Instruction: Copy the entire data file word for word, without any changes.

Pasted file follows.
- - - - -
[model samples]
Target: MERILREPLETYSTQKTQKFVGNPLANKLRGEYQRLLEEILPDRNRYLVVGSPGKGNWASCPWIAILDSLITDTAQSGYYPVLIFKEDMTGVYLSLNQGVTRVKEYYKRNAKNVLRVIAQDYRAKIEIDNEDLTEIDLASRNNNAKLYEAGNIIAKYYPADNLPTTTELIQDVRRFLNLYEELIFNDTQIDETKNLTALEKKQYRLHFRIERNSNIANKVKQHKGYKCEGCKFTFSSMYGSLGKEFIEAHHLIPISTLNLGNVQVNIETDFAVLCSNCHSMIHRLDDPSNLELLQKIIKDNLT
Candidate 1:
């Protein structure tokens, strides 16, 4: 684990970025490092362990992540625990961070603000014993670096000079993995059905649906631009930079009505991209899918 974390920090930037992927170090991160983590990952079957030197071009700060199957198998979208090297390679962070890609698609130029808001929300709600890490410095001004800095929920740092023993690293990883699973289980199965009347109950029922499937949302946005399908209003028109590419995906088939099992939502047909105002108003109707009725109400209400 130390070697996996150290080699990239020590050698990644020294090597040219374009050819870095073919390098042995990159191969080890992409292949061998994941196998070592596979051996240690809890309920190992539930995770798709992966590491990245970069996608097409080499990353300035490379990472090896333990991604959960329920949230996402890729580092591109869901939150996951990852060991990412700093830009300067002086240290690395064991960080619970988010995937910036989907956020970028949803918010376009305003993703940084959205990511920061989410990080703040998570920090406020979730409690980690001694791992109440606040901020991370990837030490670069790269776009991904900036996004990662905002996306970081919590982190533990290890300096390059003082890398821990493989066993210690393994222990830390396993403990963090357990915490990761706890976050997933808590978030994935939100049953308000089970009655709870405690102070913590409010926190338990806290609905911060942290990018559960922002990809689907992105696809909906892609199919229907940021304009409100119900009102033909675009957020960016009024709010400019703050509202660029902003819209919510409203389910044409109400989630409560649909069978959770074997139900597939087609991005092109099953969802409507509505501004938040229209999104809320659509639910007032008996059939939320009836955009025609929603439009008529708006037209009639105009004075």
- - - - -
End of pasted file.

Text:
[model samples]
Target: MERILREPLETYSTQKTQKFVGNPLANKLRGEYQRLLEEILPDRNRYLVVGSPGKGNWASCPWIAILDSLITDTAQSGYYPVLIFKEDMTGVYLSLNQGVTRVKEYYKRNAKNVLRVIAQDYRAKIEIDNEDLTEIDLASRNNNAKLYEAGNIIAKYYPADNLPTTTELIQDVRRFLNLYEELIFNDTQIDETKNLTALEKKQYRLHFRIERNSNIANKVKQHKGYKCEGCKFTFSSMYGSLGKEFIEAHHLIPISTLNLGNVQVNIETDFAVLCSNCHSMIHRLDDPSNLELLQKIIKDNLT
Candidate 1:
């Protein structure tokens, strides 16, 4: 684990970025490092362990992540625990961070603000014993670096000079993995059905649906631009930079009505991209899918 974390920090930037992927170090991160983590990952079957030197071009700060199957198998979208090297390679962070890609698609130029808001929300709600890490410095001004800095929920740092023993690293990883699973289980199965009347109950029922499937949302946005399908209003028109590419995906088939099992939502047909105002108003109707009725109400209400 130390070697996996150290080699990239020590050698990644020294090597040219374009050819870095073919390098042995990159191969080890992409292949061998994941196998070592596979051996240690809890309920190992539930995770798709992966590491990245970069996608097409080499990353300035490379990472090896333990991604959960329920949230996402890729580092591109869901939150996951990852060991990412700093830009300067002086240290690395064991960080619970988010995937910036989907956020970028949803918010376009305003993703940084959205990511920061989410990080703040998570920090406020979730409690980690001694791992109440606040901020991370990837030490670069790269776009991904900036996004990662905002996306970081919590982190533990290890300096390059003082890398821990493989066993210690393994222990830390396993403990963090357990915490990761706890976050997933808590978030994935939100049953308000089970009655709870405690102070913590409010926190338990806290609905911060942290990018559960922002990809689907992105696809909906892609199919229907940021304009409100119900009102033909675009957020960016009024709010400019703050509202660029902003819209919510409203389910044409109400989630409560649909069978959770074997139900597939087609991005092109099953969802409507509505501004938040229209999104809320659509639910007032008996059939939320009836955009025609929603439009008529708006037209009639105009004075």